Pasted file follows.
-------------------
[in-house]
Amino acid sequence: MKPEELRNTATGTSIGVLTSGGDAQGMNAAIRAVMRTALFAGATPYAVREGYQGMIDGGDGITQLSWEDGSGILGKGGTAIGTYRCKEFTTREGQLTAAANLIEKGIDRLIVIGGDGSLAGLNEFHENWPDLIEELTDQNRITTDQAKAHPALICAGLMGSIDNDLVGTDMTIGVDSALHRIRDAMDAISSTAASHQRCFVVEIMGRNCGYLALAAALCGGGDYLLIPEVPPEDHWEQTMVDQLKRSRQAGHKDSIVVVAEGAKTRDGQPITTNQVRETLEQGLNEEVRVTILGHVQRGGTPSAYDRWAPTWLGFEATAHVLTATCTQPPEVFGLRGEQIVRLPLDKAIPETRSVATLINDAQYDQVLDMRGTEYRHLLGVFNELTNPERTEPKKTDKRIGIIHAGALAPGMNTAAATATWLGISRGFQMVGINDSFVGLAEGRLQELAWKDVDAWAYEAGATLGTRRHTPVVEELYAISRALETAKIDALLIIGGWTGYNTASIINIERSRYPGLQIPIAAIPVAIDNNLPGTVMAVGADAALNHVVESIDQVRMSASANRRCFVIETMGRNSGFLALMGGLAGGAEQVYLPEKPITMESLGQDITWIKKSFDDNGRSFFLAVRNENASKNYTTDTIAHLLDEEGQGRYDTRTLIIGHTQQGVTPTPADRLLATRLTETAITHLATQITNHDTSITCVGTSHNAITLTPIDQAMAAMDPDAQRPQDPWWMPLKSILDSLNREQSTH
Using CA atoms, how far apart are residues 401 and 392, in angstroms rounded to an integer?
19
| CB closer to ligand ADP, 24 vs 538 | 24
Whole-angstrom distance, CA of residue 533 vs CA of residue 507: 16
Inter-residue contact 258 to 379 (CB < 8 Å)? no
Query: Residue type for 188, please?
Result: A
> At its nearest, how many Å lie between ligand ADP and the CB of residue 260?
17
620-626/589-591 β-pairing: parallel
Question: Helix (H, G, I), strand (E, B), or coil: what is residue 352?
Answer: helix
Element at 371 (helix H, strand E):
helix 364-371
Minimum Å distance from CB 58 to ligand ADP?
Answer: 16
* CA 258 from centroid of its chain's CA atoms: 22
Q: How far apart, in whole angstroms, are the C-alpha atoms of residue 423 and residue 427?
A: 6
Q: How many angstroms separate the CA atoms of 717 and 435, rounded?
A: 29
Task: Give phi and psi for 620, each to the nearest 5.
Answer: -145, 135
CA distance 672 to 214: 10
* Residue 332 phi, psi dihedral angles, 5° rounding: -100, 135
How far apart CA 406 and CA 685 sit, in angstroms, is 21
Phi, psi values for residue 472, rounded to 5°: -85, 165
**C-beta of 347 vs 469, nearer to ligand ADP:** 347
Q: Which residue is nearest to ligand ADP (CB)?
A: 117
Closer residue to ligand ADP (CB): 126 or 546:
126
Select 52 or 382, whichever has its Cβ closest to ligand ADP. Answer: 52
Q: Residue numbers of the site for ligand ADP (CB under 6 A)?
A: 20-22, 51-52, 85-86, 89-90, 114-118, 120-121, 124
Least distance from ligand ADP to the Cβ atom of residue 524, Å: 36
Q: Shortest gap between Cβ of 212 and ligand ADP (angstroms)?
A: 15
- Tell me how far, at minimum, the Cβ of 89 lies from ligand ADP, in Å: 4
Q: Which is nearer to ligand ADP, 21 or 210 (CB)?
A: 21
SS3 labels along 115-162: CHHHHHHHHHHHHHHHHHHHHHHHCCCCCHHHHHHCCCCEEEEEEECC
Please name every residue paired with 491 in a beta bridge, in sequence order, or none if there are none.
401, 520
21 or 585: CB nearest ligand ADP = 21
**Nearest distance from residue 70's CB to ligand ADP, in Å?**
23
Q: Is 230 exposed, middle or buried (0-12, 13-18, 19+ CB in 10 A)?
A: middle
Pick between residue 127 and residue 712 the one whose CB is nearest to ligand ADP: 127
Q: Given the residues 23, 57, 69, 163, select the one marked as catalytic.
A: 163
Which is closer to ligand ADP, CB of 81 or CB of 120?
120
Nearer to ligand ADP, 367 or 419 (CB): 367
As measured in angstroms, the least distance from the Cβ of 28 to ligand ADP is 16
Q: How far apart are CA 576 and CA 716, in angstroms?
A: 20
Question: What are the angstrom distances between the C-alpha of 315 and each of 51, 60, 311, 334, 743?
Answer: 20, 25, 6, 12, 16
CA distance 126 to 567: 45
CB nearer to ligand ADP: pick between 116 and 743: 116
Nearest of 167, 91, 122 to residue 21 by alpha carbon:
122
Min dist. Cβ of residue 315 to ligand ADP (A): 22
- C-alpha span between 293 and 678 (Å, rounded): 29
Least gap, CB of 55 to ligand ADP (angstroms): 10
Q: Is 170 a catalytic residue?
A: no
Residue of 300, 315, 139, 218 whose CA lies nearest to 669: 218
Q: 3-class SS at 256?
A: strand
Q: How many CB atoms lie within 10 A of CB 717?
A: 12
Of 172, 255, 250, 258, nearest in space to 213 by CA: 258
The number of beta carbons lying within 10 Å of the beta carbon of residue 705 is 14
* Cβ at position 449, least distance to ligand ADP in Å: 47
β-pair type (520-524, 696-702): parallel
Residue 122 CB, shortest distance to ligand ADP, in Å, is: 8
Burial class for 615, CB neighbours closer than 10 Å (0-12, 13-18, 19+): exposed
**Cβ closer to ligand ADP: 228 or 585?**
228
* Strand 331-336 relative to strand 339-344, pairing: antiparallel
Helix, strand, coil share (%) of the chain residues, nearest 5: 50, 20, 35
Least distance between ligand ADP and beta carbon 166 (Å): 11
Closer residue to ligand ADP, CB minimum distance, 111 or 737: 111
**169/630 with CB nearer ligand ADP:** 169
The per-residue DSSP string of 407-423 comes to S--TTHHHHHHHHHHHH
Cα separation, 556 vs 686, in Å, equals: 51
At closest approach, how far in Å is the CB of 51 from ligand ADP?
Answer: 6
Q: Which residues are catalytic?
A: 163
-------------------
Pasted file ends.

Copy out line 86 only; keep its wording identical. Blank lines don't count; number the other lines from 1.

Helix, strand, coil share (%) of the chain residues, nearest 5: 50, 20, 35